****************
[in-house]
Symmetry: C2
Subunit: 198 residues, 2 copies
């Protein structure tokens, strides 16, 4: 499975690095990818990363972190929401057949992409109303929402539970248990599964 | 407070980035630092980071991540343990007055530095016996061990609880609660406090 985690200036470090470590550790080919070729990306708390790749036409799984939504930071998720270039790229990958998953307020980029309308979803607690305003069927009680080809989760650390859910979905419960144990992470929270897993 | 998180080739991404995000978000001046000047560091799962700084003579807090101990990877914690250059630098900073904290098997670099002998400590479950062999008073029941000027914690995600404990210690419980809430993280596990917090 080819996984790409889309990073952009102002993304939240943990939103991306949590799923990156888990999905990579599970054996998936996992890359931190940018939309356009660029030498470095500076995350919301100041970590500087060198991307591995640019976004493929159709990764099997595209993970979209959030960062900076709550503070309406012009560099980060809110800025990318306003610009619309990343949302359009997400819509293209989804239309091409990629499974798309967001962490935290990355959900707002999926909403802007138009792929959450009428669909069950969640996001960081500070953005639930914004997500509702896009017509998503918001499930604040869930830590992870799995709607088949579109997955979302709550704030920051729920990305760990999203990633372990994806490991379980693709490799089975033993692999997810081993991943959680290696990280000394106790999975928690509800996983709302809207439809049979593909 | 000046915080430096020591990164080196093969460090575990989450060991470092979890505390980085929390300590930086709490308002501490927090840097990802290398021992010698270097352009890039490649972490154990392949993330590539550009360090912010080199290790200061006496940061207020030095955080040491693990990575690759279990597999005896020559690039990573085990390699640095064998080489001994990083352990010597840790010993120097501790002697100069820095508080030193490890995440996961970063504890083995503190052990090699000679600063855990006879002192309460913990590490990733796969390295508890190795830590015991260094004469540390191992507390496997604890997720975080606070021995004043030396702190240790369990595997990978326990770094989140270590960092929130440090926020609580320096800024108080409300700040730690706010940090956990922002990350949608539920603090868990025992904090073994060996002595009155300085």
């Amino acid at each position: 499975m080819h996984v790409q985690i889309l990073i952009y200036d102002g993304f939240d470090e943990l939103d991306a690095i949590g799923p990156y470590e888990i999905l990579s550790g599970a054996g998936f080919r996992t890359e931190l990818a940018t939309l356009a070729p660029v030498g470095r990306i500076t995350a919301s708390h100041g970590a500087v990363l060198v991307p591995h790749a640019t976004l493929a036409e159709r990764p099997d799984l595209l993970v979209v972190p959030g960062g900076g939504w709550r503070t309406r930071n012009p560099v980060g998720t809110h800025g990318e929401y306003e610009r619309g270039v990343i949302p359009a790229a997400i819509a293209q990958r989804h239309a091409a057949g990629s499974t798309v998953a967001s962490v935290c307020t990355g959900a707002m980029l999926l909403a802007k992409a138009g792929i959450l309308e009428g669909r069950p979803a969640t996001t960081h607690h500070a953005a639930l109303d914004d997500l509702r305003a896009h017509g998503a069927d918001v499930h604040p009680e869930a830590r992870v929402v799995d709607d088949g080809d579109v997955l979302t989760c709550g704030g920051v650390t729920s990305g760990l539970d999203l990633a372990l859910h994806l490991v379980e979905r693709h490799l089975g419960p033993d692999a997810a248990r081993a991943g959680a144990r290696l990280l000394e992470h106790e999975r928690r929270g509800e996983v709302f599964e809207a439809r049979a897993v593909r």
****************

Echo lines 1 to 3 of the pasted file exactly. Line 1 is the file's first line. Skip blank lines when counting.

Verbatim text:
[in-house]
Symmetry: C2
Subunit: 198 residues, 2 copies